Mr & Mrs Smith review: Brangelina remake is one of the sexiest shows on TV

Every couple – OK, maybe not every couple – reaches a point in their relationship where they find themselves dressing up, going out to a dimly lit restaurant, and pretending that they don’t know each other. “Can I buy you a drink?” the tall dark stranger, whose toothbrush you use in emergencies, asks. “Alright,” the coquettish vixen, who just bulk-bought a six-month supply of loo roll, replies. Mr & Mrs Smith, a new Amazon Prime series based on the 2005 Doug Liman movie, is that sex game in reverse. Two strangers meet – the fact that they’re assassins is largely inconsequential – and are immediately forced into a sham marriage. Will romance, somehow, thrive in this environment? Or will the two highly trained killers end up at each other’s throats?

John (Donald Glover) and Jane (Maya Erskine) Smith – not their real names – are operatives for a shadowy agency. He’s “competitive” and she’s “secretive”, and they’ve both opted for a “high risk” deployment, which involves the biggest risk of all: marriage. “What happens if we fail?” Jane asks. “Our marriage?” John replies. “Our mission!” she corrects him, despairingly.

This sets up the basic premise of the series. John and Jane have to navigate the muddy waters of cohabitation and romantic entanglement, while also trying to complete a series of missions assigned to them via an anonymous computer presence they nickname “hihi”. But even though these excursions into the world of espionage and contract killing are life and death, the stakes are never higher than when John and Jane are learning how to live together and, slowly, love one another.

Mr & Mrs Smith was originally conceived by Glover and Fleabag’s Phoebe Waller-Bridge, with the latter leaving the project after several months due to creative differences with her collaborator. That tension is, plausibly, apparent in the version that’s made it to screen. Rather than the slinky, cartoonish vivacity of Killing Eve, Mr & Mrs Smith is imbued with an earthiness, a sense of reality. For a show about two superspies, based on a nonsensical Brangelina thriller, it is remarkable for its honest, relatable depiction of a relationship between two disaffected millennials. And at the heart of this is the chemistry between Glover and Erskine, which is entirely believable. Their performances capture the dance of flirtation and frustration that marks every relationship (but particularly one involving surveillance, kidnappings, and assassinations).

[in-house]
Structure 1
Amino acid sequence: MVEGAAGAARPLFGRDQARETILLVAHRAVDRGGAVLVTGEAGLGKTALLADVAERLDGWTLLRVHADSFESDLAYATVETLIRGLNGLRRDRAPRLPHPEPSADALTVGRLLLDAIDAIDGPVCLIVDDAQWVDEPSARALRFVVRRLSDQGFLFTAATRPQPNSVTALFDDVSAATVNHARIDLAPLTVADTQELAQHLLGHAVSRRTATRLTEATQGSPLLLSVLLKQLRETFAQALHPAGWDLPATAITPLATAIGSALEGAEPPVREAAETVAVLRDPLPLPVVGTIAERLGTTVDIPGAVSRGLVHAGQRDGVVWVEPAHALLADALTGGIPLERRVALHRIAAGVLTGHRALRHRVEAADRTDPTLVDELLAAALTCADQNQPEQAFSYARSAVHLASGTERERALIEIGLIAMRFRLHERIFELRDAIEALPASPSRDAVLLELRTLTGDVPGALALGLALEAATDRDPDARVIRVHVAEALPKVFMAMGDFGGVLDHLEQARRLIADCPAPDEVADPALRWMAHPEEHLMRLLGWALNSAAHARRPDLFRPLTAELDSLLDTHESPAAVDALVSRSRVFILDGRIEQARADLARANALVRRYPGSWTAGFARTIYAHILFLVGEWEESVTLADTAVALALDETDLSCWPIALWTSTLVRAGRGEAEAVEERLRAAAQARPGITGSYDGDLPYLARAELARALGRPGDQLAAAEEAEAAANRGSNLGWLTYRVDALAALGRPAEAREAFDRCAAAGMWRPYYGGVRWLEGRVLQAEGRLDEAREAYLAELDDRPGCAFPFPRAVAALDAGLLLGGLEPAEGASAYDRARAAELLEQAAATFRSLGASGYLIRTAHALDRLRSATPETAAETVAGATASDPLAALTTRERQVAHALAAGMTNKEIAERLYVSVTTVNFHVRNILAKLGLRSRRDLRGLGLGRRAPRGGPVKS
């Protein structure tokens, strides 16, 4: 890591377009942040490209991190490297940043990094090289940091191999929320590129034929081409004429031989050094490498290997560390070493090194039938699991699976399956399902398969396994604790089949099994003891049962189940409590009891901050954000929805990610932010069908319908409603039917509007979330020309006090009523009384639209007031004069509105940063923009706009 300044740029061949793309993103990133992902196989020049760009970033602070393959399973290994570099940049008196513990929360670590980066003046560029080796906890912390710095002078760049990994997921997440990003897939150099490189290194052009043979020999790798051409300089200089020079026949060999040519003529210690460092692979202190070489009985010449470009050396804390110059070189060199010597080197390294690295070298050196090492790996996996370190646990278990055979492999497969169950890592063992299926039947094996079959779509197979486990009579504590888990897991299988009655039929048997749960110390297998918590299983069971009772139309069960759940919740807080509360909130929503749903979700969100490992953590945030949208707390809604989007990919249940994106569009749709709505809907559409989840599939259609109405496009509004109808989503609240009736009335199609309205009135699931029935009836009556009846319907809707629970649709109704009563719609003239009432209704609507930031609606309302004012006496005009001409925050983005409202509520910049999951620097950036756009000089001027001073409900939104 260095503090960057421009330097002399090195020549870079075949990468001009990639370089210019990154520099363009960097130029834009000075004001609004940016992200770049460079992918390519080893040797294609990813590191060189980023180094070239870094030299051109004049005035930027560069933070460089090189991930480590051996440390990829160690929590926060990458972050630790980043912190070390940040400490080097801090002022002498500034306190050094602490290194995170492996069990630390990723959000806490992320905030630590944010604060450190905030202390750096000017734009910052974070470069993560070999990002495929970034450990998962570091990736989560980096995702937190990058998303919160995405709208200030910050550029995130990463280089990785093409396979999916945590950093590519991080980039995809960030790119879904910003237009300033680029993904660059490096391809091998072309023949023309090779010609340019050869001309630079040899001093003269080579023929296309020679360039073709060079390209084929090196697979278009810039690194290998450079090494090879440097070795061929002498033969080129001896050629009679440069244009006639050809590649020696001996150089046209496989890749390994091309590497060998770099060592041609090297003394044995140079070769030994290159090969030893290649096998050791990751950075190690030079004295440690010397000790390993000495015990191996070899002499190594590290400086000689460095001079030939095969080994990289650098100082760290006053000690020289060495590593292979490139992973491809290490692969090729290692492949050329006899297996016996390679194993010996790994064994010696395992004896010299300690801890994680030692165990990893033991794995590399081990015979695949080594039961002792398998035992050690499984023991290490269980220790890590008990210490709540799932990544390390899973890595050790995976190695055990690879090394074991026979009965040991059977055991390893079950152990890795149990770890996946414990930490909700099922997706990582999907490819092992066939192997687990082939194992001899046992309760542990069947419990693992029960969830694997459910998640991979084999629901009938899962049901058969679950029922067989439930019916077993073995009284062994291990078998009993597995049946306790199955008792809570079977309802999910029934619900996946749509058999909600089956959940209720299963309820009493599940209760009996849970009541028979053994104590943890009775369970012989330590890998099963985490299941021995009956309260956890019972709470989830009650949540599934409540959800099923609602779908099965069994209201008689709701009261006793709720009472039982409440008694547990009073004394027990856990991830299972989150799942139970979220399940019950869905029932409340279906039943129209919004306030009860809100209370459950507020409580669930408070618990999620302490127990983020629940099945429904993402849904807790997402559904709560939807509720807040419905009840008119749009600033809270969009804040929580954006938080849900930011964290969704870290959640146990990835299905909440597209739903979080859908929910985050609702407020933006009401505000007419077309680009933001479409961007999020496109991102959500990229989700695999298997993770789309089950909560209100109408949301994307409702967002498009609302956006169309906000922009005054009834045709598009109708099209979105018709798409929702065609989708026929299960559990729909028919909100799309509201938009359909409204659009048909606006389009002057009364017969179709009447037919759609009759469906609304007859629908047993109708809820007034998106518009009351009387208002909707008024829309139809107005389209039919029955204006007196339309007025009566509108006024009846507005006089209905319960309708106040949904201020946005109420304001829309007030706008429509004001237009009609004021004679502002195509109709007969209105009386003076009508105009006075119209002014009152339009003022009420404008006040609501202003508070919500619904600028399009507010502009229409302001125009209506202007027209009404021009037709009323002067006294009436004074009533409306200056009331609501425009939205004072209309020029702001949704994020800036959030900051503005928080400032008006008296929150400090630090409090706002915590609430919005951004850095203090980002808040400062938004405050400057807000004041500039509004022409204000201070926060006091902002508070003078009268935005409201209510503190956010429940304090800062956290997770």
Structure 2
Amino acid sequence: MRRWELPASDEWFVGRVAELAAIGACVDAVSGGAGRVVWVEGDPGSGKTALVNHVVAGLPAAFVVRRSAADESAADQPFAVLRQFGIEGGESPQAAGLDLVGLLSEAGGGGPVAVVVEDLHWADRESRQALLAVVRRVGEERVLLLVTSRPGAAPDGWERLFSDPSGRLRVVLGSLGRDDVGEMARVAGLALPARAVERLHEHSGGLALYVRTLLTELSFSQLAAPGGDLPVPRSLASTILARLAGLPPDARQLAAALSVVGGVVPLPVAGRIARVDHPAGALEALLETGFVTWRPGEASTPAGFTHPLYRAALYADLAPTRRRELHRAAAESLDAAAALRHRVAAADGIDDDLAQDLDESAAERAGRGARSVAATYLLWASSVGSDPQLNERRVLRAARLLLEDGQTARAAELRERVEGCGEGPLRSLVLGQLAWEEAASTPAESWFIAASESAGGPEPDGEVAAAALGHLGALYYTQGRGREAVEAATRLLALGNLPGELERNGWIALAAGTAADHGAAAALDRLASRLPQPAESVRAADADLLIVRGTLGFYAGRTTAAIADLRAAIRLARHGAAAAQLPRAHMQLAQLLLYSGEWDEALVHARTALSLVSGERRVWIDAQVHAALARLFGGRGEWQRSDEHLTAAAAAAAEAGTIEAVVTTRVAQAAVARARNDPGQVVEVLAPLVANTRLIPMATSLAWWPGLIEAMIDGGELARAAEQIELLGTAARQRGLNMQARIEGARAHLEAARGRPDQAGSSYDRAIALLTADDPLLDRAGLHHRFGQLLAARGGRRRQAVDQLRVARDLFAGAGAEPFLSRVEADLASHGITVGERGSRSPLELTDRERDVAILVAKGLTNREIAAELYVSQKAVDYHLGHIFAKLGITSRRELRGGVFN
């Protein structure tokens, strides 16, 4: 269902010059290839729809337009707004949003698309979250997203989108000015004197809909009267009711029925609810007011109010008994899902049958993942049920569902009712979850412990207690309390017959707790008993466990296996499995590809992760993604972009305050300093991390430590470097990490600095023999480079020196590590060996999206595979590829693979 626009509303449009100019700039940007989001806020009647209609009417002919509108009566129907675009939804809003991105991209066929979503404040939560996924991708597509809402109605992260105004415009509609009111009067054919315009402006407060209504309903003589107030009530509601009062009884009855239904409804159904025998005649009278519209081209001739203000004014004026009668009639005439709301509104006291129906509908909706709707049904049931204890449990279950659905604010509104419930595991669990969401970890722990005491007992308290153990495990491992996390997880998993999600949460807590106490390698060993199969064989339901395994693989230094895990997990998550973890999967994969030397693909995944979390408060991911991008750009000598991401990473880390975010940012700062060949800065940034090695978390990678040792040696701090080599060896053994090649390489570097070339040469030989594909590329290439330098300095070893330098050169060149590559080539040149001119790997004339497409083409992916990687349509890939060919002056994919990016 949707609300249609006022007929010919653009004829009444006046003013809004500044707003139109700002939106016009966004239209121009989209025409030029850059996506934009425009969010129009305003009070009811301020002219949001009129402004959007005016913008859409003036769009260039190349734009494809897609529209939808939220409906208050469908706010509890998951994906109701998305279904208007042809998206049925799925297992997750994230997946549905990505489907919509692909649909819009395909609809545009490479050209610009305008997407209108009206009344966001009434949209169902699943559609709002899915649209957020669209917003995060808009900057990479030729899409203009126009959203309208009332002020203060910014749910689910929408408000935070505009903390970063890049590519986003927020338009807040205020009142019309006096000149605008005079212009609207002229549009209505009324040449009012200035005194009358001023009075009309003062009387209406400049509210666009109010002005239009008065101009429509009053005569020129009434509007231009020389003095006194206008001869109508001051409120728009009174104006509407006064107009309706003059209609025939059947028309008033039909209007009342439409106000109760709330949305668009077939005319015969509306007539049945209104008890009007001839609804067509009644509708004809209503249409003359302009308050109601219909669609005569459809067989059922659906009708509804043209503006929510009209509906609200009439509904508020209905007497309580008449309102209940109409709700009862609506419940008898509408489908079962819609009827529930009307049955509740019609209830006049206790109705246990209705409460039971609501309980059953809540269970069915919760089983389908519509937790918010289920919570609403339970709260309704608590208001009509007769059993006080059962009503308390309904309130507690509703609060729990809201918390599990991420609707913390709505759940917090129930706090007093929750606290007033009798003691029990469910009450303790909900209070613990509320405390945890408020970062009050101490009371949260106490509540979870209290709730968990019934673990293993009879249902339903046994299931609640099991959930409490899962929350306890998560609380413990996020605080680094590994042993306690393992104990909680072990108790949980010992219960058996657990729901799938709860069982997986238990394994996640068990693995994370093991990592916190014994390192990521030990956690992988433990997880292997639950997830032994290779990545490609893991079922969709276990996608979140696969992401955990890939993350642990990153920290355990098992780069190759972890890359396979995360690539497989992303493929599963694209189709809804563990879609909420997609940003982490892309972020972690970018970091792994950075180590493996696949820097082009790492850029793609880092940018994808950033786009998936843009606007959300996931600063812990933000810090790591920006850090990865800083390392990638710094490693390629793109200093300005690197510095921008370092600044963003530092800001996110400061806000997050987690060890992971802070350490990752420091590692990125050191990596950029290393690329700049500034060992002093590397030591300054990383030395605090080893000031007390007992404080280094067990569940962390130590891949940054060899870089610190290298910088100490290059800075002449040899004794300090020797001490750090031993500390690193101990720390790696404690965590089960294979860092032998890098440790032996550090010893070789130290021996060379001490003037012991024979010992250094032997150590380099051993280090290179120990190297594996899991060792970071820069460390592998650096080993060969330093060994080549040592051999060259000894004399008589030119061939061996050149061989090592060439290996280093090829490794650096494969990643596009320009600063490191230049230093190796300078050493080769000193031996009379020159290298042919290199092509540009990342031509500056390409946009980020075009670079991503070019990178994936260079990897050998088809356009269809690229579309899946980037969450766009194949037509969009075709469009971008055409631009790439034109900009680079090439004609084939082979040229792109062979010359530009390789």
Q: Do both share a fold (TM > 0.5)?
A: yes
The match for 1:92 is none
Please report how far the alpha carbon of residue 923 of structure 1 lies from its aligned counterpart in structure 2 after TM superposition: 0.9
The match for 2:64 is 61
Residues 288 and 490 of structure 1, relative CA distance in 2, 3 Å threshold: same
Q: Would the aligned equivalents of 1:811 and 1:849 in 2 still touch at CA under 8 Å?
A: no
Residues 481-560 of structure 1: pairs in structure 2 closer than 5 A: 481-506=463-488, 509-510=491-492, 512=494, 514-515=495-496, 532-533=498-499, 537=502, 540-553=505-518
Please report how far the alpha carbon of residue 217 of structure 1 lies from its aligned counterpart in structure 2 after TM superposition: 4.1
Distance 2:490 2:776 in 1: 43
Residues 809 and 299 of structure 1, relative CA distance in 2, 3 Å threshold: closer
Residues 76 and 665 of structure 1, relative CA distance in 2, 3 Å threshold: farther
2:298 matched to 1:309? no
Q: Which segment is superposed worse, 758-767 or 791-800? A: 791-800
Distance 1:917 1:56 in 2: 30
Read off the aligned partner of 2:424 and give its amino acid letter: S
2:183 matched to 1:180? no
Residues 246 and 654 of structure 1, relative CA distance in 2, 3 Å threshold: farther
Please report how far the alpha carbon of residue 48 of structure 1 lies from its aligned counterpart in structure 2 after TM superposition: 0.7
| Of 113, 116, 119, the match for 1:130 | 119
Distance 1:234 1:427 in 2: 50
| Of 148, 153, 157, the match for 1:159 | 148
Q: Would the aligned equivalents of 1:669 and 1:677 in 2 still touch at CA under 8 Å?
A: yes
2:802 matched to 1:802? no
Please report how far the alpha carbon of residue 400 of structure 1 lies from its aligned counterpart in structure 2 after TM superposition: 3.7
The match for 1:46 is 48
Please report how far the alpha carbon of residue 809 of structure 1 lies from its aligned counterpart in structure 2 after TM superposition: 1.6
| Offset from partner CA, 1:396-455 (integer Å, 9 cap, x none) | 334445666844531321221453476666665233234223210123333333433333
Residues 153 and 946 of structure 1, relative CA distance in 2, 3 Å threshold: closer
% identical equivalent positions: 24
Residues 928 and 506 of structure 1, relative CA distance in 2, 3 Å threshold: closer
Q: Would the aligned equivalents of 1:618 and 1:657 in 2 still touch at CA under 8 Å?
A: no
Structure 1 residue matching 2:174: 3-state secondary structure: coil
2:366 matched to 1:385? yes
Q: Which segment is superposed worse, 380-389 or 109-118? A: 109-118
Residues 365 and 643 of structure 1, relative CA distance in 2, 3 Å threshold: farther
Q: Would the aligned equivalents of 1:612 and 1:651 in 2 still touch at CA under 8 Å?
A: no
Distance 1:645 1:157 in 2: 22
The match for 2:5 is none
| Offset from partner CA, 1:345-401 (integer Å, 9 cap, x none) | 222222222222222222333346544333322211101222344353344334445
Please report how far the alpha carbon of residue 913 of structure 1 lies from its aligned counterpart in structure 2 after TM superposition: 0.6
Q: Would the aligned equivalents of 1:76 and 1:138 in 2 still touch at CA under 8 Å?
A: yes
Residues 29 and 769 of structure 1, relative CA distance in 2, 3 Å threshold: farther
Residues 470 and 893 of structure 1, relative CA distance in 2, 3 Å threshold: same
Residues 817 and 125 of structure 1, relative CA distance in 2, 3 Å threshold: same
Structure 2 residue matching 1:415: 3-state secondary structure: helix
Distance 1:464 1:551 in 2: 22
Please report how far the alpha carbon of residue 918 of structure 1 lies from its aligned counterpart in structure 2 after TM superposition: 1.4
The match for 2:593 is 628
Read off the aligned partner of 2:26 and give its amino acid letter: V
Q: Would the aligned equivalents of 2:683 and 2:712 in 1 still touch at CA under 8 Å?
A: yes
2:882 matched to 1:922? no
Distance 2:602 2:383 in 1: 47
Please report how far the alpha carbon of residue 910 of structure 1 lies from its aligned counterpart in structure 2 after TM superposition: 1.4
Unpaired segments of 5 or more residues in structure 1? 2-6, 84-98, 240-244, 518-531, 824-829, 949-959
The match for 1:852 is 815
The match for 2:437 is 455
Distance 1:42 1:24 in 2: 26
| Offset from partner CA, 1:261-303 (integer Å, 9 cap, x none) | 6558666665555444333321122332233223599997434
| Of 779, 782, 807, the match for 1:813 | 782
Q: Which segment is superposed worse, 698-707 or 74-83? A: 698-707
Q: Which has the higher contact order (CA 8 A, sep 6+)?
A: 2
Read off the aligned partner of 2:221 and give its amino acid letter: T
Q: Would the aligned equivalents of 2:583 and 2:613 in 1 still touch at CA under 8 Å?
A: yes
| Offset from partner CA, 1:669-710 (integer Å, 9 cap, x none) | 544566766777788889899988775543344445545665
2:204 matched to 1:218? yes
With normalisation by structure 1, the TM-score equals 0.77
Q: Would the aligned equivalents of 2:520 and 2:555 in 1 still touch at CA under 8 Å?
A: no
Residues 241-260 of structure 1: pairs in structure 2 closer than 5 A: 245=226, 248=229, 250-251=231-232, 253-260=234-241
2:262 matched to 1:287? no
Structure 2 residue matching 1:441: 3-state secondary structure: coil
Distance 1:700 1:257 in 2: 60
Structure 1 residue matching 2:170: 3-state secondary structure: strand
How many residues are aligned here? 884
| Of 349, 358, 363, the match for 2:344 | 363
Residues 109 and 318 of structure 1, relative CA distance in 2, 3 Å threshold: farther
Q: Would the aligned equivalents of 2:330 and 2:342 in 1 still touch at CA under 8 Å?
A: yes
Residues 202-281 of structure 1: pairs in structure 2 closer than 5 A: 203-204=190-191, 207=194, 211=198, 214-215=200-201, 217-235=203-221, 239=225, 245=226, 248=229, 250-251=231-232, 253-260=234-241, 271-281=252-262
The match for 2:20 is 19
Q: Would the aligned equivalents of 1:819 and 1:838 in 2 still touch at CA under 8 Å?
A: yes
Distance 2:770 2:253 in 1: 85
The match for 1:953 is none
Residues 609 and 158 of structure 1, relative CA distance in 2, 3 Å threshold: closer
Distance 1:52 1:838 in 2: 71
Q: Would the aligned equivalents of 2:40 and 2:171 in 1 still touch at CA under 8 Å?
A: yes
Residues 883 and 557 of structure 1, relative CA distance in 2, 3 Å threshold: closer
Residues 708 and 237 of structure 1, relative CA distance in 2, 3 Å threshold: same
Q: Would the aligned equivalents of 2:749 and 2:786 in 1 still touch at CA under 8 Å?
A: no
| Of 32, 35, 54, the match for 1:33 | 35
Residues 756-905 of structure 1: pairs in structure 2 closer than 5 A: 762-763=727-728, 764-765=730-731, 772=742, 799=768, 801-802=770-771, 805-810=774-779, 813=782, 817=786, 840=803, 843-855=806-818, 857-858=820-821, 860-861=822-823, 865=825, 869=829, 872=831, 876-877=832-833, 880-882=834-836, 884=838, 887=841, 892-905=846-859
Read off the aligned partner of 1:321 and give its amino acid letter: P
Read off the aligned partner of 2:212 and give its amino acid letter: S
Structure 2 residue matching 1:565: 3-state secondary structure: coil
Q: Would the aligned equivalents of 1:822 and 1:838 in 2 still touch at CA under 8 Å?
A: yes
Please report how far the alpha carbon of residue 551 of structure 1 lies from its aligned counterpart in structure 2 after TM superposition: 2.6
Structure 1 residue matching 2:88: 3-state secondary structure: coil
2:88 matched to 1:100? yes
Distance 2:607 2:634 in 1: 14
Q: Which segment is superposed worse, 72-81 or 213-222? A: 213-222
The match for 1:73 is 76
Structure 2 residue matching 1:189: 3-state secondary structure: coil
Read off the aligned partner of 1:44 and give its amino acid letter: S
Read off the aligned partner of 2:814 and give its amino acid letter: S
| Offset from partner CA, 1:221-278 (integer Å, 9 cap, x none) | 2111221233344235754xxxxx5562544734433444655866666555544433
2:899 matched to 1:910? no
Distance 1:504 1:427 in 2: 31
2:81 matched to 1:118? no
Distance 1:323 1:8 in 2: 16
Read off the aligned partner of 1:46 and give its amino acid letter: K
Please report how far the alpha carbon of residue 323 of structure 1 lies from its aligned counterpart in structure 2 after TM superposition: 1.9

Around Glover and Erskine, the show has assembled a series of star-powered cameos, from Paul Dano as a suspicious neighbour and John Turturro as a billionaire mark, to Wagner Moura and Parker Posey as an alternate John and Jane working at the “super high risk” tier. Each of the eight episodes in this first series have a couple of these walk-on appearances, which could be distracting – feeling more like an episode of Curb Your Enthusiasm than is possibly intended – but which serve to reinforce the absolute centricity of Mr and Mrs Smith to Mr & Mrs Smith. “If you barf,” Jane tells John, as they’re dismembering a corpse, “I barf.” It might not be Rose telling Jack, in Titanic, “you jump, I jump” but, somehow, it’s almost as romantic.

Describing Mr & Mrs Smith as the marriage of a globetrotting spy saga like Jack Ryan, and the mumblecore-adjacent world of Lena Dunham’s Girls, might seem like damning it with strange praise, but it captures something of the show’s productive weirdness. When Jane and John aren’t fighting off central American warlords, they’re swanning around a farmer’s market; when they’re not drilling holes in luxury hotel walls to plant listening devices, they’re watching cartoons and eating Cheetos. “Earlier, you said you loved me,” Jane observes, during a mission debrief, “right before the machete.”

There is an intimacy to romantic television shows that is unparalleled in visual media. It is the sense of being swept along in the ebbs and flows of a couple’s burgeoning relationship. Time can be expended on the mundane, the trivial, rather than simply hitting the big dramatic beats of “boy meets girl”. Despite a relatively chaste tone, Mr & Mrs Smith manages to be one of the sexiest shows on TV. And somehow, even with all the balaclavas and firearms and computer hacking, one of the most truthful ones.